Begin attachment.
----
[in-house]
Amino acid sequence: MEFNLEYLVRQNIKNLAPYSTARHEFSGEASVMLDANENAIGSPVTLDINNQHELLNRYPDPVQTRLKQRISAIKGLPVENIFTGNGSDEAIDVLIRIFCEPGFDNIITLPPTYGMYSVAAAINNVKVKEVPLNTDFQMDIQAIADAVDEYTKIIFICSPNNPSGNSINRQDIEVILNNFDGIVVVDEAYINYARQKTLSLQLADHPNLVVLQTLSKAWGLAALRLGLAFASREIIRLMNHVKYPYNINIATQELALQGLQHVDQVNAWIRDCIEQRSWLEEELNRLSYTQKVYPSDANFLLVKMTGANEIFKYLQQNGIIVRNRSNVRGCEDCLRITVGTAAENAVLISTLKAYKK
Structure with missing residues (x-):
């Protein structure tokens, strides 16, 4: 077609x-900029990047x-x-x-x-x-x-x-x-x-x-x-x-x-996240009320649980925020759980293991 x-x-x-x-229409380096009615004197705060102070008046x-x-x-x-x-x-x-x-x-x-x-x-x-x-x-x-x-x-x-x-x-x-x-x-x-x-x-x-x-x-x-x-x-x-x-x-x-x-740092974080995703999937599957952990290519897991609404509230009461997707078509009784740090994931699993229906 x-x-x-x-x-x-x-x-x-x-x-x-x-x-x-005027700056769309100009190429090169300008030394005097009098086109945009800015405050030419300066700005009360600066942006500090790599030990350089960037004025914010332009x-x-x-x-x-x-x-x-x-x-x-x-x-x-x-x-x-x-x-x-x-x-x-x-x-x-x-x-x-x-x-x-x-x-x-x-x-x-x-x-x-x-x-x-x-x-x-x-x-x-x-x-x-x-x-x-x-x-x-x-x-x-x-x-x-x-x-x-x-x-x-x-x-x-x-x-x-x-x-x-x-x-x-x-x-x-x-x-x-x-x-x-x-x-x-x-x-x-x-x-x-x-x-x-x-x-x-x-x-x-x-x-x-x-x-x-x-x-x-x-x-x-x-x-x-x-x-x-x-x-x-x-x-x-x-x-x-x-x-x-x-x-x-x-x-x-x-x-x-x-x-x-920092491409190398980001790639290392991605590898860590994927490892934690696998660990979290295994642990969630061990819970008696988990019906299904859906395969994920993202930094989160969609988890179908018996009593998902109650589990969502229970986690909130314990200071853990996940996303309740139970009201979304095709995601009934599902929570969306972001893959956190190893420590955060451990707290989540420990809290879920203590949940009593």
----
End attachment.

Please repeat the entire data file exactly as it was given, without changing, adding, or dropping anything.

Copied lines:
[in-house]
Amino acid sequence: MEFNLEYLVRQNIKNLAPYSTARHEFSGEASVMLDANENAIGSPVTLDINNQHELLNRYPDPVQTRLKQRISAIKGLPVENIFTGNGSDEAIDVLIRIFCEPGFDNIITLPPTYGMYSVAAAINNVKVKEVPLNTDFQMDIQAIADAVDEYTKIIFICSPNNPSGNSINRQDIEVILNNFDGIVVVDEAYINYARQKTLSLQLADHPNLVVLQTLSKAWGLAALRLGLAFASREIIRLMNHVKYPYNINIATQELALQGLQHVDQVNAWIRDCIEQRSWLEEELNRLSYTQKVYPSDANFLLVKMTGANEIFKYLQQNGIIVRNRSNVRGCEDCLRITVGTAAENAVLISTLKAYKK
Structure with missing residues (x-):
């Protein structure tokens, strides 16, 4: 077609x-900029990047x-x-x-x-x-x-x-x-x-x-x-x-x-996240009320649980925020759980293991 x-x-x-x-229409380096009615004197705060102070008046x-x-x-x-x-x-x-x-x-x-x-x-x-x-x-x-x-x-x-x-x-x-x-x-x-x-x-x-x-x-x-x-x-x-x-x-x-x-740092974080995703999937599957952990290519897991609404509230009461997707078509009784740090994931699993229906 x-x-x-x-x-x-x-x-x-x-x-x-x-x-x-005027700056769309100009190429090169300008030394005097009098086109945009800015405050030419300066700005009360600066942006500090790599030990350089960037004025914010332009x-x-x-x-x-x-x-x-x-x-x-x-x-x-x-x-x-x-x-x-x-x-x-x-x-x-x-x-x-x-x-x-x-x-x-x-x-x-x-x-x-x-x-x-x-x-x-x-x-x-x-x-x-x-x-x-x-x-x-x-x-x-x-x-x-x-x-x-x-x-x-x-x-x-x-x-x-x-x-x-x-x-x-x-x-x-x-x-x-x-x-x-x-x-x-x-x-x-x-x-x-x-x-x-x-x-x-x-x-x-x-x-x-x-x-x-x-x-x-x-x-x-x-x-x-x-x-x-x-x-x-x-x-x-x-x-x-x-x-x-x-x-x-x-x-x-x-x-x-x-x-x-920092491409190398980001790639290392991605590898860590994927490892934690696998660990979290295994642990969630061990819970008696988990019906299904859906395969994920993202930094989160969609988890179908018996009593998902109650589990969502229970986690909130314990200071853990996940996303309740139970009201979304095709995601009934599902929570969306972001893959956190190893420590955060451990707290989540420990809290879920203590949940009593």